By all indications, the United States public mental health system is in shambles. Studies have shown that one in every four Americans, or 57.7 million people, meet the diagnostic criteria for a mental illness every year. This makes the U.S. number one as far as the rate of mental illness among its citizens. Yet, in the richest country in the world, according to multiple studies, less than half of those diagnosed with mental illnesses receive proper treatment for their illness. Also, 90% of seriously mentally ill people have trouble ever obtaining a job, which costs the country $25 billion annually. These statistics are mindboggling and unsettling: millions of Americans are living their day-to-day lives with serious mental health problems and are not receiving the treatment they need. The natural question that comes to mind is, why? The answer is neither simple nor straightforward.
Federal and state budget cuts have created serious problems for public mental health programs. In 2012, $1.6 billion was cut for mental health programs at the state level. As a result, more pressure has been put on such programs to provide quick and efficient treatments for victims of mental illness. Billions of dollars are spent on developing new drugs that are just as effective as older drugs while funding for treatment programs with documented effectiveness is mercilessly cut. Standard treatment for many serious mental diseases is a combination of psychotherapy and drug treatment as needed. With the cutbacks, providers are forced to push primarily drug treatment, which when used alone is less effective and more expensive over time. Multiple studies have found that dual-care, involving therapy and drug treatment, is much more effective than either of those separately. Also, those that are on sole treatment plans tend to relapse more frequently than those on dual treatment plans.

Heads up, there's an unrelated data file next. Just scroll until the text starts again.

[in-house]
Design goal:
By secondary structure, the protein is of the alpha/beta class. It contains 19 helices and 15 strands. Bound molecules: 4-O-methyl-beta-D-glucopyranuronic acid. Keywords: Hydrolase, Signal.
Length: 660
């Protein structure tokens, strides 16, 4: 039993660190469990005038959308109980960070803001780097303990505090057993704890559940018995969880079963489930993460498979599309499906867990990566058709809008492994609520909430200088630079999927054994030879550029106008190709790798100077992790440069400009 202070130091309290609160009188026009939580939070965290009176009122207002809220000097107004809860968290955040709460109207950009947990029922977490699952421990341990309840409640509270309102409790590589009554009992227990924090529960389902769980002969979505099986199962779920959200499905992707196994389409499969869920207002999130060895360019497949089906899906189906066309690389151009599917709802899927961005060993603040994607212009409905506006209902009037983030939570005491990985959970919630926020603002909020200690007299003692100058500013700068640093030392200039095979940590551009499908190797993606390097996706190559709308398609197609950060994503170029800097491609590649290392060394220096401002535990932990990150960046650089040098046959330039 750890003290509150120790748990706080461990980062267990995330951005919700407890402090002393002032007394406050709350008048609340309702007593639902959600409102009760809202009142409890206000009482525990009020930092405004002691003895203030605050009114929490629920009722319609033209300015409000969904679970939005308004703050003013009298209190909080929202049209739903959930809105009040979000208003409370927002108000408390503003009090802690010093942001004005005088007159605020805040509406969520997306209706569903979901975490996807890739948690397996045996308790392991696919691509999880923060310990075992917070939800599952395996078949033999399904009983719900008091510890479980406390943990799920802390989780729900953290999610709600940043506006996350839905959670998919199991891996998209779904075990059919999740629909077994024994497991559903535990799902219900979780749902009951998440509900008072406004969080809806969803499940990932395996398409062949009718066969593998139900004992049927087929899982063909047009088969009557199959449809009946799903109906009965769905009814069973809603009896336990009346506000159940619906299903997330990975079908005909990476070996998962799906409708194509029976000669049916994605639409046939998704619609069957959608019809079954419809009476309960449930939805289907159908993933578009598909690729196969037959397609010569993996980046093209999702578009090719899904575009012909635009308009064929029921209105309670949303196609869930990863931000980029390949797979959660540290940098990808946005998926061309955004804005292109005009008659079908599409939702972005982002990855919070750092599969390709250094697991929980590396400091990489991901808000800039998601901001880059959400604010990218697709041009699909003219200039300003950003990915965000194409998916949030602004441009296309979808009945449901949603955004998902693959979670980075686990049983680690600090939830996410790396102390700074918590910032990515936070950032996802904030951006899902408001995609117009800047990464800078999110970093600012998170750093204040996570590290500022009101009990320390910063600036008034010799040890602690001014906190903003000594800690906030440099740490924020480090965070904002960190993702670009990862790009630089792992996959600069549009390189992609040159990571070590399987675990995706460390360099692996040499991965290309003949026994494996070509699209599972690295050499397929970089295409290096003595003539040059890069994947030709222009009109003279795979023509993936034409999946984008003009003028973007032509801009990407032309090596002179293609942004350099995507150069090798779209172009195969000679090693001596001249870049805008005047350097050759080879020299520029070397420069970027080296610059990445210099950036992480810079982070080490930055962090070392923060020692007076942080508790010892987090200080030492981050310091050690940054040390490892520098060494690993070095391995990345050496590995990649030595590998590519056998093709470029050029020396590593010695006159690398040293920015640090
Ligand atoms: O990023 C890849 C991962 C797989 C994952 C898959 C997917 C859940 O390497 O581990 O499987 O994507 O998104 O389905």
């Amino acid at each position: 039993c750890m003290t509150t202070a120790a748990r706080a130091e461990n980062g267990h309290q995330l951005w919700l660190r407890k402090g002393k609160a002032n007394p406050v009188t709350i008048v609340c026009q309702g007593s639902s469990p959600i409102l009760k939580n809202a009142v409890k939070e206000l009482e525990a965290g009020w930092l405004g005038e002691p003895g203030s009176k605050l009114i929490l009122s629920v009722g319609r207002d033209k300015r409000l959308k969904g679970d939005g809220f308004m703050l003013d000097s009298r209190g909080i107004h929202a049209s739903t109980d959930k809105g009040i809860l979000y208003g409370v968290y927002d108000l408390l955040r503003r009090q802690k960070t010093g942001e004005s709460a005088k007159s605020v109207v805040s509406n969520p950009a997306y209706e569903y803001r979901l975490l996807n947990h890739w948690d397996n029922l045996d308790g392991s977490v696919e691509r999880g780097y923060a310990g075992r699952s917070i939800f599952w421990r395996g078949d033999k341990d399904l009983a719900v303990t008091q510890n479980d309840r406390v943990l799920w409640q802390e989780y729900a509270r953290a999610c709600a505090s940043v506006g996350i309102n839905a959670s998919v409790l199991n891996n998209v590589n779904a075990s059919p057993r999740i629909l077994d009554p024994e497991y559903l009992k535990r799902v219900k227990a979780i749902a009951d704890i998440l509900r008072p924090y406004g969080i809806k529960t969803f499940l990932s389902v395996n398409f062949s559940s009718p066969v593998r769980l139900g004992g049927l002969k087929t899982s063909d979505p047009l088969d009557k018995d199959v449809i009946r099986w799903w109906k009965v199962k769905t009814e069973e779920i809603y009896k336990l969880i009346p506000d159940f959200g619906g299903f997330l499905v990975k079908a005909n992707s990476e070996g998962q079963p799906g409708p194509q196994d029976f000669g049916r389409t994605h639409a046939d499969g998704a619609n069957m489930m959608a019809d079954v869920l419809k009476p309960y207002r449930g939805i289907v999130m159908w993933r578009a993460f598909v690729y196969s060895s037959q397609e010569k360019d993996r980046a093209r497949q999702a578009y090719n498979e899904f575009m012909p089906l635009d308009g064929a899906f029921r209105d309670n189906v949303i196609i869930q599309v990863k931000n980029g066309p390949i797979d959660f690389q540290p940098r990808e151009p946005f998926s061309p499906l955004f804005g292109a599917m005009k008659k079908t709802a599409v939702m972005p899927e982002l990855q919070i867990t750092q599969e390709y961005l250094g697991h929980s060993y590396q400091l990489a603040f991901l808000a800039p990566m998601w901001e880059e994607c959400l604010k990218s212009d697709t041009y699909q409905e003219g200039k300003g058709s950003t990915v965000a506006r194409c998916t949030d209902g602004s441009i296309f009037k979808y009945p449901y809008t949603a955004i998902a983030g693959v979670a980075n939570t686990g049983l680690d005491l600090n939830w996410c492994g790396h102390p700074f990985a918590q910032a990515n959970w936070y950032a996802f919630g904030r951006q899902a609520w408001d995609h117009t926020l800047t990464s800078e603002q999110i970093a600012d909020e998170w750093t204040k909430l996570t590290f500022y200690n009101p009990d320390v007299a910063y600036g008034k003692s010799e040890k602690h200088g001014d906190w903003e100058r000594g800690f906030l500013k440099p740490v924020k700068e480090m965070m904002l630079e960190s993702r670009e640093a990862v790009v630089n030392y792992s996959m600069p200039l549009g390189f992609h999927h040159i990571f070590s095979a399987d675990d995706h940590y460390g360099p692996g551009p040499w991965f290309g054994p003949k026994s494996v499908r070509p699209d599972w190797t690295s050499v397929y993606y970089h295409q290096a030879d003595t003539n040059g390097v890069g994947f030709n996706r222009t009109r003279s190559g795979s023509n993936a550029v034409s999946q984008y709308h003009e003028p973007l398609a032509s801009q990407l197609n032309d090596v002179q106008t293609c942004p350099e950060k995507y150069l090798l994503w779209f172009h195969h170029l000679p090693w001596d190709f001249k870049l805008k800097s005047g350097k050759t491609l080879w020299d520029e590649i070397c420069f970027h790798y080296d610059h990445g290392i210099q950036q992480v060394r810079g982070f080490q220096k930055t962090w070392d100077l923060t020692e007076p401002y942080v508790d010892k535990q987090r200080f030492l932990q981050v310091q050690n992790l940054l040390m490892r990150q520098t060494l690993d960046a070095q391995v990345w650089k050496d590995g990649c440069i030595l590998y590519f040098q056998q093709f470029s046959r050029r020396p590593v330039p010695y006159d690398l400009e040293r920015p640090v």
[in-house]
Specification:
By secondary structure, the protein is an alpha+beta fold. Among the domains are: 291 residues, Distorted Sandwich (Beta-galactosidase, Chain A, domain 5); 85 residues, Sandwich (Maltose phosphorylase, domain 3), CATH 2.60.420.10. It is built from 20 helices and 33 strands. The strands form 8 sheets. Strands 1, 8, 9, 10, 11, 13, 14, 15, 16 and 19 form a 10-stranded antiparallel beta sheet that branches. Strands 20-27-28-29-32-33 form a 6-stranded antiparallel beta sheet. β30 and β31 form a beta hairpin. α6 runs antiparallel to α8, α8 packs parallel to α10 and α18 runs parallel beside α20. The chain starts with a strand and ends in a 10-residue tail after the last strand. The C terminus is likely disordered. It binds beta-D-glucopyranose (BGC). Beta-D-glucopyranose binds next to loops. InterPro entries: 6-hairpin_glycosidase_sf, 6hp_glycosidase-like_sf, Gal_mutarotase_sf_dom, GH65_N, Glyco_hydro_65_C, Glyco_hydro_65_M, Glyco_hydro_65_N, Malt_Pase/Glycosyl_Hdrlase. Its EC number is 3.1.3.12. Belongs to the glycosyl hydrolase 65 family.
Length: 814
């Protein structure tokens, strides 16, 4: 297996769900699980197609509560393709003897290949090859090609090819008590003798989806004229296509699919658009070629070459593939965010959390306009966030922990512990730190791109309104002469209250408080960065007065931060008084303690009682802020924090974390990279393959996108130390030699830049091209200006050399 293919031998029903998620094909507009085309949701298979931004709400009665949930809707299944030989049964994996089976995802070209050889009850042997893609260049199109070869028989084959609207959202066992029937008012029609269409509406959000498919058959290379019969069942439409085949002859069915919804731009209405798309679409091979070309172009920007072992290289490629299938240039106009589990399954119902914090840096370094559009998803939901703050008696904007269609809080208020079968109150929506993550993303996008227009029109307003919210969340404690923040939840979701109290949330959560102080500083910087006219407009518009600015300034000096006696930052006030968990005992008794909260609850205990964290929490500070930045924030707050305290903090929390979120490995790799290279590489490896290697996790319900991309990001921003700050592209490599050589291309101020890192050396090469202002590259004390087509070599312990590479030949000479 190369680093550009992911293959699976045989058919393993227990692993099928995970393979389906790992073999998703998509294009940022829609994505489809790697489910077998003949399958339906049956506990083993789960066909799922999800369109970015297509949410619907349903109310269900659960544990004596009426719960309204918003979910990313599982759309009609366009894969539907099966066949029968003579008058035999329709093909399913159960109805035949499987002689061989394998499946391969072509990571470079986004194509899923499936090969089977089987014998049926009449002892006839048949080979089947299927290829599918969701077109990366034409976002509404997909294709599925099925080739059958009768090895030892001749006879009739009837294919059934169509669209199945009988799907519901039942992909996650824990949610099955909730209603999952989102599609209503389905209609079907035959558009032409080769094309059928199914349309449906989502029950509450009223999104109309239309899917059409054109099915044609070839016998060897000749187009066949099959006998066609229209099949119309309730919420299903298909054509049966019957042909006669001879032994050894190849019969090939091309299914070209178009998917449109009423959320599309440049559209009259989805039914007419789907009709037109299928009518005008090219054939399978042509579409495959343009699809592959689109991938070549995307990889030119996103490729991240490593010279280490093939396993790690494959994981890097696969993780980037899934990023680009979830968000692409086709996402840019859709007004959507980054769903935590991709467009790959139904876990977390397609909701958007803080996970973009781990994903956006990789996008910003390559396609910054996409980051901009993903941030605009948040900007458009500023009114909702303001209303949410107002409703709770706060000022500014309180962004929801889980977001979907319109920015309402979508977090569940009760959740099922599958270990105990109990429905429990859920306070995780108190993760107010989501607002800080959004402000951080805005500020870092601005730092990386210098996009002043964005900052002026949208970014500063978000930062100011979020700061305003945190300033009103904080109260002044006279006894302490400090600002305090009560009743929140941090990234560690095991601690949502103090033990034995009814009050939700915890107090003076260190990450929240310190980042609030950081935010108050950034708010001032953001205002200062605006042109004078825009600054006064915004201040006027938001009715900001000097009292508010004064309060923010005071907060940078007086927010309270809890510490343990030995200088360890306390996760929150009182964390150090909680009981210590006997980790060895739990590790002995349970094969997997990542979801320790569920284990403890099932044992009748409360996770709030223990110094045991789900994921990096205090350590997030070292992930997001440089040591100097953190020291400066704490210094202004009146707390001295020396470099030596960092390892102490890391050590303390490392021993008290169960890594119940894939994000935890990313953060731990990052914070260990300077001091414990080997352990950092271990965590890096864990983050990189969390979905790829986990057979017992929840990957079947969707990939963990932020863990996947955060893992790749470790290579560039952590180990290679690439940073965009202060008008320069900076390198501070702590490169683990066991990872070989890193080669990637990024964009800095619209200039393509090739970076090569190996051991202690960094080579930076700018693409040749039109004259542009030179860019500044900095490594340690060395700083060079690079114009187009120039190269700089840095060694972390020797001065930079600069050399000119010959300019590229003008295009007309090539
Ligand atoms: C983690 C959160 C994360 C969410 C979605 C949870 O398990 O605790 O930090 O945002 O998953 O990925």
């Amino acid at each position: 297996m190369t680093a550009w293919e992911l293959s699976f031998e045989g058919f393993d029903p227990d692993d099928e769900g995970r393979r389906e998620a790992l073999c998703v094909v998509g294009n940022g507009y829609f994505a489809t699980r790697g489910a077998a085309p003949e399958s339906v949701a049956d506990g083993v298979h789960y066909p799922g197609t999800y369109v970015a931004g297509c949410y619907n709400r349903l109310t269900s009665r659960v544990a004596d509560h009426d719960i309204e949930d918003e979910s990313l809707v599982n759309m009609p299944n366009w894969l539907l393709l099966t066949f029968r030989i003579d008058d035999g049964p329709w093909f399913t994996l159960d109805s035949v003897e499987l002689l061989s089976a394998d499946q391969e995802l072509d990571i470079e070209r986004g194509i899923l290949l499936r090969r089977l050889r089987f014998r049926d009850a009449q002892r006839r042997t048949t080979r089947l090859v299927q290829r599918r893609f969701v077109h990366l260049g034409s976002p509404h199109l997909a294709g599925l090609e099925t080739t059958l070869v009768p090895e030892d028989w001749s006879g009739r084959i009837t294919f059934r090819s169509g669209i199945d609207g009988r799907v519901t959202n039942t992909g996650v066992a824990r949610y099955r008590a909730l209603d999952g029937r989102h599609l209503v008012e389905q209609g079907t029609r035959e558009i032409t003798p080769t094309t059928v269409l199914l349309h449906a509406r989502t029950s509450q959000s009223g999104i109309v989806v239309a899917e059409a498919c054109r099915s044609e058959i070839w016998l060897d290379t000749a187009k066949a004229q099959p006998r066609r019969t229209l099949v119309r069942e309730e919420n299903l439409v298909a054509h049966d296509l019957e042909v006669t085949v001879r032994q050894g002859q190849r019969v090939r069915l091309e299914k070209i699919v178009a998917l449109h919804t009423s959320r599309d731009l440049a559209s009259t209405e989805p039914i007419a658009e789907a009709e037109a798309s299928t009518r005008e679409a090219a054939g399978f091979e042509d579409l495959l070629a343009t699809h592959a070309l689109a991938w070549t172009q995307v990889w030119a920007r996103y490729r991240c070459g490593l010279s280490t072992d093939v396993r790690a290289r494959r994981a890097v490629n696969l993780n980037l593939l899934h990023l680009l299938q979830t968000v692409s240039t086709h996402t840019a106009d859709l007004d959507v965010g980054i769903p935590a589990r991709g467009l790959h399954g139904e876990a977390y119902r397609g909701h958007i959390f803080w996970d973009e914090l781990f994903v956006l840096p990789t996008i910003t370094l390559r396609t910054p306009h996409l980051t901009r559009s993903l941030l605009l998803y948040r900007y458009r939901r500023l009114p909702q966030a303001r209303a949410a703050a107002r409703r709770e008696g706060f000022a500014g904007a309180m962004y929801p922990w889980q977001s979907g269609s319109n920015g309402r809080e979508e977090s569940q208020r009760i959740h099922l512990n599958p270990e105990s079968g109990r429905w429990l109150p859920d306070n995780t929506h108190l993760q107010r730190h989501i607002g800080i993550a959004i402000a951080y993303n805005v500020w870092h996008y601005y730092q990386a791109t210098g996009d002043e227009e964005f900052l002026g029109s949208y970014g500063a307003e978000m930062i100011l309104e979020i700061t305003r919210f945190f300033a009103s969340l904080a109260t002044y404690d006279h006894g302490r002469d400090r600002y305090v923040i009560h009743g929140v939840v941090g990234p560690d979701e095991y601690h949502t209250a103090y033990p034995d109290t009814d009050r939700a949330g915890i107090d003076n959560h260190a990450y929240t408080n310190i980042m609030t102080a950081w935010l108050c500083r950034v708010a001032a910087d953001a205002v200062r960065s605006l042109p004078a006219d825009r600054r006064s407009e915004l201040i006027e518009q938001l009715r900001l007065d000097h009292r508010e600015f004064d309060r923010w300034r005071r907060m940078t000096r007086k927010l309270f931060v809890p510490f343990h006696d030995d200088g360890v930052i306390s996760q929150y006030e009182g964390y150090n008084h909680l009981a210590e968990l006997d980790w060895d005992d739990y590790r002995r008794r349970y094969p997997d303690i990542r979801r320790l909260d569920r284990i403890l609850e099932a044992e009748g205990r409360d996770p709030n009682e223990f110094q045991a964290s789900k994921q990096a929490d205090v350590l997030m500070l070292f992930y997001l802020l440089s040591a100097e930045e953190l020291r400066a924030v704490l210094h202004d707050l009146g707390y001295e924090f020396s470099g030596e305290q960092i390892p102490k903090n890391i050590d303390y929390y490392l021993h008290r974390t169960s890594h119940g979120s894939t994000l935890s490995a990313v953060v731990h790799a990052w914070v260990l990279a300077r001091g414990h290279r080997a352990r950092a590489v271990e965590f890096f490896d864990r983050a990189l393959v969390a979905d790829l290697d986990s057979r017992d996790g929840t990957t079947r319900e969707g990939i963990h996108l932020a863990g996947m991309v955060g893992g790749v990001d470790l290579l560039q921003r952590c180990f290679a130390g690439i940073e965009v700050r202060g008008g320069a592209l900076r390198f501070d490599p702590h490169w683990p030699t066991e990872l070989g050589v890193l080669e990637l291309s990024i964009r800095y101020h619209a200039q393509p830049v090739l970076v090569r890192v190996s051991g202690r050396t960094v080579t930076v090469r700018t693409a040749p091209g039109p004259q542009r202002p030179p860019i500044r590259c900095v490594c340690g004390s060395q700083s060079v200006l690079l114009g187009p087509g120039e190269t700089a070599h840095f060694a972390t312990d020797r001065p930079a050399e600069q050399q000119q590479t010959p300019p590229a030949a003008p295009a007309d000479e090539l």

Medicaid itself is caught in the great divide between mental health treatment programs and drug companies. Proposed budget cuts of $50 million in 2009 by President Bush jeopardize the funding of several effective mental health interventions, such as case management, while day-treatment programs, used exclusively to store away mentally ill people, gain funding. Separate streams of funding, different opinions on what treatment is better, and the struggle between the two treatment modalities (drugs versus psychosocial treatment) for funding through Medicaid all create this chasm between mental healthcare programs and drug programs.
Since mental illness is common enough to affect virtually every family sooner or later, it is our nation’s responsibility to address the current crisis in public mental healthcare. Some states and Medicaid officials have begun to create integrated drug-therapy programs that could have major effects on the well-being of thousands. Progressive laws, such as New York state’s Timothy’s law which came into effect in 2007, are a good start, but we need far greater reforms. For many, it is a matter of life or death.
Dutton, Paul V. (2007) Differential Diagnoses: A Comparative History of Health Care Problems and Solutions in the United States and France. London: Cornell University Press.
Honberg, R., Kimball, A., Sita, D., Usher, L. & Fitzpatrick, M. (2011). “States Mental health Cuts: The Continuing Crisis.” The National Alliance on Mental Illness. Retrieved on 3/12/2012 at http://www.nami.org/ContentManagement/ContentDisplay.cfm?ContentFileID=147763>
Levine, Art. (2012). “America’s Mental health Care System in Shambles.” The American Prospect. Washington, D.C.: The American Prospect. PP 1-5.
“Mental Illness: Facts and Numbers.” The National Alliance on Mental Illness. (2009). Retrieved on 3/12/2012 at <http://www.nami.org/Template.cfm?Section=About_Mental_Illness&Template=/Conte ntManagement/ContentDisplay.cfm&ContentID=53155>
Student Researchers: Tara Kelly, Meghan Peek & Patrick Sheehan, Siena College
Faculty Advisor: Dr. Maureen Hannah, Siena College
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